Prevent a Drowning!
It’s up to all of us to know how to
1) recognize when a swimmer is in danger of drowning
2) know what action to take to save the swimmer’s life.
Bob Pratt gave an important presentation to ‘a standing room only’ crowd at the Quietwater Symposium at Michigan State University. As we move closer to the season of pool parties, lake swimming and boating adventures, it is important to become educated about what to look for and how to respond to water emergencies. Here is a summary of some of the information that Bob shared.
Critical Information for Preventing Drowning Deaths
- People do not recognize when a swimmer is in trouble. The phenomena of drowning does not attract attention. Most people think that a swimmer in danger of drowning will be waving their arms and shouting out for help. Wrong! Swimmers who are in the trouble cannot flail their arms. If they reach their arms out of the water, they will immediately sink under the water. Instead, they try to grab the surface of the water, and they can’t yell because they are gasping for breath. Humans automatically slip into what is called an Instinctive Drowning Response. Many people would look at such a swimmer and think that he or she is playing, but this swimmer is in serious trouble. You can learn more about this by viewing the following video: http://mariovittone.com/2011/07/video-of-instinctive-drowning-response/
- Keep a close eyes on your children when they are swimming. Sometimes parents may get distracted by other activity in the area, but drowning can occur within twenty to forty-five seconds of getting into danger.
- If you are hosting a pool party with children, use the Watch Card system to ensure that all swimmers are being observed. Make a Watch Card (index card, exc.) and give it to an adult who is willing to accept the responsibility of keeping an eye on all of the swimmers. If the Watcher has to leave the pool area, the card should be given to another competent and willing adult. This strategy will prevent drowning accidents.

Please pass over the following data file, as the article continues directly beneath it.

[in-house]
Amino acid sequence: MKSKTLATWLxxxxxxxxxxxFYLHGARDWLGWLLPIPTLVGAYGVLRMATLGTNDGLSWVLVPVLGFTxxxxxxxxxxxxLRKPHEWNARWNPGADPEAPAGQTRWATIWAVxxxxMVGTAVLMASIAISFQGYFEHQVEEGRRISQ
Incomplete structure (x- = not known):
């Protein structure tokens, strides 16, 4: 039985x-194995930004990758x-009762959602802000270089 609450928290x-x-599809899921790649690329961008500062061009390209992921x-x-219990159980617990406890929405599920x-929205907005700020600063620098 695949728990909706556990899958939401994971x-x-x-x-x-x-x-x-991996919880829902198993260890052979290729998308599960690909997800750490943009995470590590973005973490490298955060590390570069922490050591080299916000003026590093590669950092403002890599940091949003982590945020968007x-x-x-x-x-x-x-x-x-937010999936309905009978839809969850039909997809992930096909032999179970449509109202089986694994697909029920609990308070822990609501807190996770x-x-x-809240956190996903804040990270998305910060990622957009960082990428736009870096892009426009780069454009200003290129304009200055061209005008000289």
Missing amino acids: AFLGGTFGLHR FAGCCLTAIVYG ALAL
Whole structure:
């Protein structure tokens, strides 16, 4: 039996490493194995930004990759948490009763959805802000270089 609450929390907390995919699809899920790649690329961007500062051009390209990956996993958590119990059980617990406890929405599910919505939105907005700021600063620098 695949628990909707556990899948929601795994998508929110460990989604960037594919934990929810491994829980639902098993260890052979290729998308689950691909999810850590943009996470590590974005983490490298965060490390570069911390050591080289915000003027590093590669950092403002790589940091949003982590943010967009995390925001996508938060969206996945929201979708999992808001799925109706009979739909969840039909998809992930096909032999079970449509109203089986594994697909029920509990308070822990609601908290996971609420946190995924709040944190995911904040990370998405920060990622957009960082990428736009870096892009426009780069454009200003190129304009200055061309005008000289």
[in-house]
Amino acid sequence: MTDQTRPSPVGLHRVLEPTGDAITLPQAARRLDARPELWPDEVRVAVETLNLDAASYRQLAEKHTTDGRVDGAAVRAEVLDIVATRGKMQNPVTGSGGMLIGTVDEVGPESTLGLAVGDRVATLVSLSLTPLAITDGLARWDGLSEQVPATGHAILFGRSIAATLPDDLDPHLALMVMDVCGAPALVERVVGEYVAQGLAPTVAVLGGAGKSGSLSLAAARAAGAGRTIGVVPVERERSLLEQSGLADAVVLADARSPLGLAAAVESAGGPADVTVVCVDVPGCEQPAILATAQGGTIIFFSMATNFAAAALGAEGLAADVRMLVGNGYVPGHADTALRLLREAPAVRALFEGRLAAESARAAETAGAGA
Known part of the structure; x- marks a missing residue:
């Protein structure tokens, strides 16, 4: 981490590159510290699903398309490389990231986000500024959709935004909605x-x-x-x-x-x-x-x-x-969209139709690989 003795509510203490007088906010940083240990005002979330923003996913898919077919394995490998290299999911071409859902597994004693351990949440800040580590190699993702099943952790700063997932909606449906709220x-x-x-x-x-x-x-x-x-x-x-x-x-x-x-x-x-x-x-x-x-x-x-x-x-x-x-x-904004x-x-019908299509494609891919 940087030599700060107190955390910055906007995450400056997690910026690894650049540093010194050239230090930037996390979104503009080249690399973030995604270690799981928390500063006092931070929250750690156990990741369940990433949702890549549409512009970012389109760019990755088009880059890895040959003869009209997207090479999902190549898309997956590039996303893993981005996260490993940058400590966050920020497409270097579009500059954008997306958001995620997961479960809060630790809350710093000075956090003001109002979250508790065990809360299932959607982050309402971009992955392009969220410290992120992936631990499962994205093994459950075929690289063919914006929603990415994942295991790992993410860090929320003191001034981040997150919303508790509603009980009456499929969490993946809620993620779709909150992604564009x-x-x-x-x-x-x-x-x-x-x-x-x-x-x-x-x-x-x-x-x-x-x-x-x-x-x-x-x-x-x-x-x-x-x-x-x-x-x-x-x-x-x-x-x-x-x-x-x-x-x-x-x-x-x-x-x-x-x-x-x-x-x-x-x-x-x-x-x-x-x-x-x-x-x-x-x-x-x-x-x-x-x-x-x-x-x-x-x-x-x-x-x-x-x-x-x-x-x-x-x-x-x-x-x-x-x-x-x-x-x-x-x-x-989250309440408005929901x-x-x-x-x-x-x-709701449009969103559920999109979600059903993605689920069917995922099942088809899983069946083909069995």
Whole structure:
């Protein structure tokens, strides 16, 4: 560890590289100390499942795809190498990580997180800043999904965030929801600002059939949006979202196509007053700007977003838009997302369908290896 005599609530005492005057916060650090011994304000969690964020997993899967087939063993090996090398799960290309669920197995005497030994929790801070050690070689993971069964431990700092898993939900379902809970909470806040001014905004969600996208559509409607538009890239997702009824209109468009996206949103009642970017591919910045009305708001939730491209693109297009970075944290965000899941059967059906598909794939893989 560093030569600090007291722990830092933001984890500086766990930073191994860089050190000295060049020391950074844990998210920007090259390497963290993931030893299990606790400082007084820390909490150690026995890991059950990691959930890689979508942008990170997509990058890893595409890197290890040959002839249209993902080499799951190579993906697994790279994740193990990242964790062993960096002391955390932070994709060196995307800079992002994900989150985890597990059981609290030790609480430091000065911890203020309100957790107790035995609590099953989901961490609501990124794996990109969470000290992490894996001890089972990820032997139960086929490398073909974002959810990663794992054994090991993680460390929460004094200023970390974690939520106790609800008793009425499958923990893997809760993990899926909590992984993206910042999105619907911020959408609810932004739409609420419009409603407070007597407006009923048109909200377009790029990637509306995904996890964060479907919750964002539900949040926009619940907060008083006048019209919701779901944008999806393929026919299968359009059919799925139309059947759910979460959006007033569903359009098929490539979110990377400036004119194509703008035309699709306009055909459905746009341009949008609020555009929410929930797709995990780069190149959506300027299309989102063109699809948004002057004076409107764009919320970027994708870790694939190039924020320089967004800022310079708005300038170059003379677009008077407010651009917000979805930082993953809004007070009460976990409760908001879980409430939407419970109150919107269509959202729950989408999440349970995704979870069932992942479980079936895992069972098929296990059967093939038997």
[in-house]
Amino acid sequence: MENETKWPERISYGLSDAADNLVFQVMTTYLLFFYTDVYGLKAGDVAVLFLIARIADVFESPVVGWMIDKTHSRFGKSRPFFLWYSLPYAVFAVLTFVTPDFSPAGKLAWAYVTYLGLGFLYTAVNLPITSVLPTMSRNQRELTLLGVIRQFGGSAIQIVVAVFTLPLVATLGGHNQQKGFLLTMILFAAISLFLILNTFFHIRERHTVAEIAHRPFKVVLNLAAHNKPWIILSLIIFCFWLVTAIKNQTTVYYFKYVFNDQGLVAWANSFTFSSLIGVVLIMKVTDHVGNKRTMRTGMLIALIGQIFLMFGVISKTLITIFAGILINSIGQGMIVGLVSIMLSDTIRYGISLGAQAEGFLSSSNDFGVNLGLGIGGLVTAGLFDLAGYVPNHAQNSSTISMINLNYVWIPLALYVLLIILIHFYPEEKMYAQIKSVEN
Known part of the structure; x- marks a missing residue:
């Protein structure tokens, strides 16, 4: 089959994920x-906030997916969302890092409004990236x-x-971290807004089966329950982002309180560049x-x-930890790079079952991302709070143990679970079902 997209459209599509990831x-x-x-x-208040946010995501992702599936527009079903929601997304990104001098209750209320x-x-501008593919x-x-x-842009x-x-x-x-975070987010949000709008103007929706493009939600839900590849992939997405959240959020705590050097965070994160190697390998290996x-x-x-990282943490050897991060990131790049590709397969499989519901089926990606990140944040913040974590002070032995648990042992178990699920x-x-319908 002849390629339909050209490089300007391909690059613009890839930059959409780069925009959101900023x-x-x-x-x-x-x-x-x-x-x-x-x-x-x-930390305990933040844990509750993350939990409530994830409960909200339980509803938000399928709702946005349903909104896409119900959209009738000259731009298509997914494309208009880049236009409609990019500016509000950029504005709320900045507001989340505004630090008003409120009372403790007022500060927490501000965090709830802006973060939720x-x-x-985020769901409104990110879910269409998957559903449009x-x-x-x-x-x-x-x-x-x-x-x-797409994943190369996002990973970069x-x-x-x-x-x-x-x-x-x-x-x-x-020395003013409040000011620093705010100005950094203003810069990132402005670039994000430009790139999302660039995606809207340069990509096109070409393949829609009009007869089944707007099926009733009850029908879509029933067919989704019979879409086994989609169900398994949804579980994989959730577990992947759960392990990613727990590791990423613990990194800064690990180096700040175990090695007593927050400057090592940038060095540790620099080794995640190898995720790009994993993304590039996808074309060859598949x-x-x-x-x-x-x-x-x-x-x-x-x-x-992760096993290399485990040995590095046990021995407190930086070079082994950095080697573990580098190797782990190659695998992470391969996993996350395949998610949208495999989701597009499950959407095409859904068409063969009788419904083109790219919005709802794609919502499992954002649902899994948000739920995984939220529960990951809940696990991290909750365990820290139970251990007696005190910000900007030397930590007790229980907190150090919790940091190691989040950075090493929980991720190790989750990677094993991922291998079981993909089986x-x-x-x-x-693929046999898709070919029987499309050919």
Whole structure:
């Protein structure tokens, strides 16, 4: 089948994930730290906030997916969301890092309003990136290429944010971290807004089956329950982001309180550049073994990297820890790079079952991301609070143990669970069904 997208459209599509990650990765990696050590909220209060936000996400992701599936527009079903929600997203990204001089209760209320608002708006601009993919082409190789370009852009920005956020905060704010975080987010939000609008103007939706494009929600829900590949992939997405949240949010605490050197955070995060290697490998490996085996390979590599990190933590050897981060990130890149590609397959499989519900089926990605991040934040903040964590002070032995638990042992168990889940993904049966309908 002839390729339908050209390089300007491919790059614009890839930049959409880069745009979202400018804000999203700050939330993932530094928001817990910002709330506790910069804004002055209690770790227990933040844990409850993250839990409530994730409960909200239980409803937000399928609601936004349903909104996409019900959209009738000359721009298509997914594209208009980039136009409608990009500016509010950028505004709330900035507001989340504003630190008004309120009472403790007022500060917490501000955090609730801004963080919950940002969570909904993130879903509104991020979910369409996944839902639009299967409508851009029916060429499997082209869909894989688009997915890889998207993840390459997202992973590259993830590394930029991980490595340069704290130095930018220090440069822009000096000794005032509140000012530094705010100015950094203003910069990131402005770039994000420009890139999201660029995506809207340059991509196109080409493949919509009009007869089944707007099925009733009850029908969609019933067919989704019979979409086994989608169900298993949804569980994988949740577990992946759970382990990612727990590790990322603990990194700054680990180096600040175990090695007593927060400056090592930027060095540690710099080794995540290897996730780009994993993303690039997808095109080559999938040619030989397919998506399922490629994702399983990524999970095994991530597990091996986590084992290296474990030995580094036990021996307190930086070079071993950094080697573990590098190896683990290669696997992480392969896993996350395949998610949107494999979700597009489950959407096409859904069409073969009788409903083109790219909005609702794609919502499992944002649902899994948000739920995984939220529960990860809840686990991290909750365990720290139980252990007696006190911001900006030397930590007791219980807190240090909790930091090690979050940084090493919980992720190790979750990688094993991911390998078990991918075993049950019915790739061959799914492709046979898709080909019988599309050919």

- If you see someone in danger, you should grab something that floats and then head out into the water – a small cooler, a life jacket, a paddleboard, a boat cushion, etc. (It’s a good idea to always pack a floating device when you head out to the beach.) Making a rescue is very difficult if you don’t have some kind of floating device.
- Put your own safety first. Too often a would-be rescuer is not prepared to make the rescue (lacks floating device, strength, swimming ability, etc.) and finds him or herself in a losing battle with waves and deep water.
- Wear life preserver every time you are on your watercraft. People who wear a life jacket have a less than one percent chance of drowning is they fall into the water.
Bob demonstrated the use of a Belt Pack Personal Floatation Device that can be worn around the waist. It does not restrict movement and , in case of an emergency it is easily inflated by pulling the ring that triggers the release of CO2 from a canister. Most people do not wear a lifejacket when boating. They keep it on the deck and they think that they will be able to put it on when they are in the water. Bob explained that trying to put a life jacket on when you are in the water is extremely difficult.
- Standup Paddle Surfboards are considered watercraft so you have to have a Personal Floatation Device onboard. If you use your Stand Up Paddleboard at night, you need running lights. Standup Paddleboards are very good devices for rescues. The victim can rest on the board while being towed to the shore. Surfers and SUP surfers can be make a big contribution to drowning prevention across Michigan and in the Great Lakes.
Looking to get envolved? The Great Lakes Surf Rescue Project is an excellent resource for learning about water safety.